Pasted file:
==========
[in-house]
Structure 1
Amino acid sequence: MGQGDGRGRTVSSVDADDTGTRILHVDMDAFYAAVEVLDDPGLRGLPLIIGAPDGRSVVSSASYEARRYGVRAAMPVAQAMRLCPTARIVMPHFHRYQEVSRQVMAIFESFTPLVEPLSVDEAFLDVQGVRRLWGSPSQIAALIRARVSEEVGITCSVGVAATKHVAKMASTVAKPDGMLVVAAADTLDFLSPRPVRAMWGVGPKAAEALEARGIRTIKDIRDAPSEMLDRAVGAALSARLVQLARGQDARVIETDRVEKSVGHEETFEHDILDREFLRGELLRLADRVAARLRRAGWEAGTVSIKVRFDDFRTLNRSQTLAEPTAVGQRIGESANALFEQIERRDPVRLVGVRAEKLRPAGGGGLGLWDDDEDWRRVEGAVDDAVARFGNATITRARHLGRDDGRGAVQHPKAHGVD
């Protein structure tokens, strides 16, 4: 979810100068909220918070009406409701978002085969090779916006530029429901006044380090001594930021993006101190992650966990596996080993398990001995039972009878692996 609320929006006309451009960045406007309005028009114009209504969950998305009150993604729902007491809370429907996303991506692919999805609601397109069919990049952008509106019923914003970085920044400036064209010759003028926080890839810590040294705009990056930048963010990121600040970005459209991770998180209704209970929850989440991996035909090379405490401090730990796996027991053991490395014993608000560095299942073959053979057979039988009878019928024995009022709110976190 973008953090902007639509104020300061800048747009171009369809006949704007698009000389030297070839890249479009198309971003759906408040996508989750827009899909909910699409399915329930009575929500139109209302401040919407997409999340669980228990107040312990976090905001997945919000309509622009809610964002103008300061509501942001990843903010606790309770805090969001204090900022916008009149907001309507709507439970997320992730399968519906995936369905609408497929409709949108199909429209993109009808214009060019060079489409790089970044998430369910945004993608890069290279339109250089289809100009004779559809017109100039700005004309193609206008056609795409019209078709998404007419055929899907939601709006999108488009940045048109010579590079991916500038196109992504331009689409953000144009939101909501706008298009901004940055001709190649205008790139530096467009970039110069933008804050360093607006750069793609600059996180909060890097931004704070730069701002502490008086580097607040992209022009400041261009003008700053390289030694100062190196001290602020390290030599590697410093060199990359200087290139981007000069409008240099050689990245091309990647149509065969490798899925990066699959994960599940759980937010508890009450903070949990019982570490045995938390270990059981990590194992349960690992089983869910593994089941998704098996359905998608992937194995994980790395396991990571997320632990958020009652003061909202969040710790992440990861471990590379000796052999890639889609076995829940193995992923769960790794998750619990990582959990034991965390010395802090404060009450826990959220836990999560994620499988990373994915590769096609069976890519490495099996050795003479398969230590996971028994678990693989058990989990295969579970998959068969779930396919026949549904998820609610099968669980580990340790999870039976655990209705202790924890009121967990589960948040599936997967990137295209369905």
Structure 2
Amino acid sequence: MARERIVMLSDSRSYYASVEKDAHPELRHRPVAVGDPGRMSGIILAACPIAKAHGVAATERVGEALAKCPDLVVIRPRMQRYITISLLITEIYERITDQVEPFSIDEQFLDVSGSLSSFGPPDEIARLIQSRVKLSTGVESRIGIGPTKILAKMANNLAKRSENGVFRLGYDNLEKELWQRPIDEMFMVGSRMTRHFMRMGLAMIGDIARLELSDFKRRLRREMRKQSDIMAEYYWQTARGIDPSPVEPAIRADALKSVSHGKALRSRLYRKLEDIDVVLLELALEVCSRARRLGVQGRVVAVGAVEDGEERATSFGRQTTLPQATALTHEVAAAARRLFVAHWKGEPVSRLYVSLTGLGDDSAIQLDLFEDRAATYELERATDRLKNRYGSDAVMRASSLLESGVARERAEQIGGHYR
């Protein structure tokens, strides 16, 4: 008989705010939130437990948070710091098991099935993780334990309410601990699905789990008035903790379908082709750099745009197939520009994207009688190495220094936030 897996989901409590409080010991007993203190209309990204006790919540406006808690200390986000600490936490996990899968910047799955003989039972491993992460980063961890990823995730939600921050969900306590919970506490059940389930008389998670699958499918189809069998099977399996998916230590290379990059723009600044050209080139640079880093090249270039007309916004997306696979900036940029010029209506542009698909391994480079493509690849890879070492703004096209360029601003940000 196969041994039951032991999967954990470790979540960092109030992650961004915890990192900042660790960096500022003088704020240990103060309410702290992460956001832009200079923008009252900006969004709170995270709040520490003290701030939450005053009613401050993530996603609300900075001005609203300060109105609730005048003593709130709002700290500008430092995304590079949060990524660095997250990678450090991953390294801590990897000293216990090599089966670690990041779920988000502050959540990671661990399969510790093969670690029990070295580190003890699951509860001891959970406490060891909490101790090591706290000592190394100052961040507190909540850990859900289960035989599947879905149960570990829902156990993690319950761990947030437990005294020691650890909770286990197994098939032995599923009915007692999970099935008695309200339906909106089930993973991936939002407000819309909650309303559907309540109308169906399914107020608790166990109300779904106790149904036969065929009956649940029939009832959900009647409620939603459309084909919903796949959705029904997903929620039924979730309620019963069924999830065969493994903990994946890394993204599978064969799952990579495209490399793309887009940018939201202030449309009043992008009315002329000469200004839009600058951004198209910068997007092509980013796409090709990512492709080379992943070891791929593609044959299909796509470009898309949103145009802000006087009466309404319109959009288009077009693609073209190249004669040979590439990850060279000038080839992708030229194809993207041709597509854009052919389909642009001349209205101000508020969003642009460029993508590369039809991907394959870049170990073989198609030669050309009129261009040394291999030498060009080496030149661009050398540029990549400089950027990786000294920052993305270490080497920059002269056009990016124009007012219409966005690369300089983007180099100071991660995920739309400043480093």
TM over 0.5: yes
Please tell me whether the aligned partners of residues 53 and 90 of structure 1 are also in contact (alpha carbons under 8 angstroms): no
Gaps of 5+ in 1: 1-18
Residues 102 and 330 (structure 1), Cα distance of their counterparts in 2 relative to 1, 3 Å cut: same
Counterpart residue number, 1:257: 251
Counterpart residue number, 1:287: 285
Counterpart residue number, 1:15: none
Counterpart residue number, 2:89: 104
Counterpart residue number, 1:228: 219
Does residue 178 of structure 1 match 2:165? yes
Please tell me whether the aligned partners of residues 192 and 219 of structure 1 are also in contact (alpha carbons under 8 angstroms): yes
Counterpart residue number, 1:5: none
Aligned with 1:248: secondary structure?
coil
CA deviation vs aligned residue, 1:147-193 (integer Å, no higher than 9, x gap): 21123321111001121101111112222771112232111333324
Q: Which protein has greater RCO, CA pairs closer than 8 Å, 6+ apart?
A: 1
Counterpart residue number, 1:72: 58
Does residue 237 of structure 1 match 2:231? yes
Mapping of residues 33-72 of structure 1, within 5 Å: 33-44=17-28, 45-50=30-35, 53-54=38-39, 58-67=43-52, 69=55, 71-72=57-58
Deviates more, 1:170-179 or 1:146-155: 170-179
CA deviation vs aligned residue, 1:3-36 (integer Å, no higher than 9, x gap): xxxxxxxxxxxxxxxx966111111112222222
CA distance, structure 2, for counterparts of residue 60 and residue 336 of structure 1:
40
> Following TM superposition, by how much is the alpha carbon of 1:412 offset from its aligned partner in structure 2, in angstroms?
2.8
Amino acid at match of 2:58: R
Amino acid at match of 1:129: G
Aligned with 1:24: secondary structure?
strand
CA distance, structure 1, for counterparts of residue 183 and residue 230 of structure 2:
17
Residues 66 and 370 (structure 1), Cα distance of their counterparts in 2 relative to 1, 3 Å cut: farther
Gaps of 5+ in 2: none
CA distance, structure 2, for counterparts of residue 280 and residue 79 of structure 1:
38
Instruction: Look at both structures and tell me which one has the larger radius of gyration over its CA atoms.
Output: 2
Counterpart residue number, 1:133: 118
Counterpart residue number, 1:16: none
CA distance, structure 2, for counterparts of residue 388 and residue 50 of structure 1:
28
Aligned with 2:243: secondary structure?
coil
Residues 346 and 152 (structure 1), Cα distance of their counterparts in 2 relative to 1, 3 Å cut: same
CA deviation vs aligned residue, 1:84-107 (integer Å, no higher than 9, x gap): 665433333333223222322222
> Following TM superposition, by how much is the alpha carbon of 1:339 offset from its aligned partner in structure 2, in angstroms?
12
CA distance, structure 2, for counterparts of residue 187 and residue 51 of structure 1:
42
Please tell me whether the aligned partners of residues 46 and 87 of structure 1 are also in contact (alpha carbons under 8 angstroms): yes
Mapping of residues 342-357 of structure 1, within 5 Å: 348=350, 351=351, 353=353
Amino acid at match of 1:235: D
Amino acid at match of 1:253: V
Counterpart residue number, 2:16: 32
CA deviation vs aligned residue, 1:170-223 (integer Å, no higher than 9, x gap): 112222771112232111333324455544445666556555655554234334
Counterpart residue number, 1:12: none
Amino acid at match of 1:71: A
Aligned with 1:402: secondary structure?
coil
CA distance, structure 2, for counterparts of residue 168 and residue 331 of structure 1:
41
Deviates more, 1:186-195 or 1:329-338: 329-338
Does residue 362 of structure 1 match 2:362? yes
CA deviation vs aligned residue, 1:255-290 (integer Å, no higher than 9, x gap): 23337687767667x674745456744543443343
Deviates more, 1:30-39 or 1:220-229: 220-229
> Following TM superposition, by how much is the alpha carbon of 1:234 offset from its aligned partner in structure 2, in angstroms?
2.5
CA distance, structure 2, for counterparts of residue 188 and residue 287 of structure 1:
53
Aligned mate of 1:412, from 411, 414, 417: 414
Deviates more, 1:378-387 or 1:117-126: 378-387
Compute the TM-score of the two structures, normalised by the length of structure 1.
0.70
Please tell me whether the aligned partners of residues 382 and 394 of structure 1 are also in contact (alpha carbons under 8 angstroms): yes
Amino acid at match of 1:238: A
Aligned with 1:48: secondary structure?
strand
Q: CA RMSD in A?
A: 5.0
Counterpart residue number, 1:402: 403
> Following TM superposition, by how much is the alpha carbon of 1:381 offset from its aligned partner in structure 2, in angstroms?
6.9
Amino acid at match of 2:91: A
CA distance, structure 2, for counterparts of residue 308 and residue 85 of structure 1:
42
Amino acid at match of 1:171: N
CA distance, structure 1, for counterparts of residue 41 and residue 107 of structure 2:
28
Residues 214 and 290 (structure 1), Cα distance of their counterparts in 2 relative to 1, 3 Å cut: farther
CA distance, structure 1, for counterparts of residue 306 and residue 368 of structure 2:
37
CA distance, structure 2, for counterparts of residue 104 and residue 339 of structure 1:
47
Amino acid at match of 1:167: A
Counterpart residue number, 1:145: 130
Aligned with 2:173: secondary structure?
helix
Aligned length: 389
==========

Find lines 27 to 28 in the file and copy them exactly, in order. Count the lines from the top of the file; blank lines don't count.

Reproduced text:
Mapping of residues 33-72 of structure 1, within 5 Å: 33-44=17-28, 45-50=30-35, 53-54=38-39, 58-67=43-52, 69=55, 71-72=57-58
Deviates more, 1:170-179 or 1:146-155: 170-179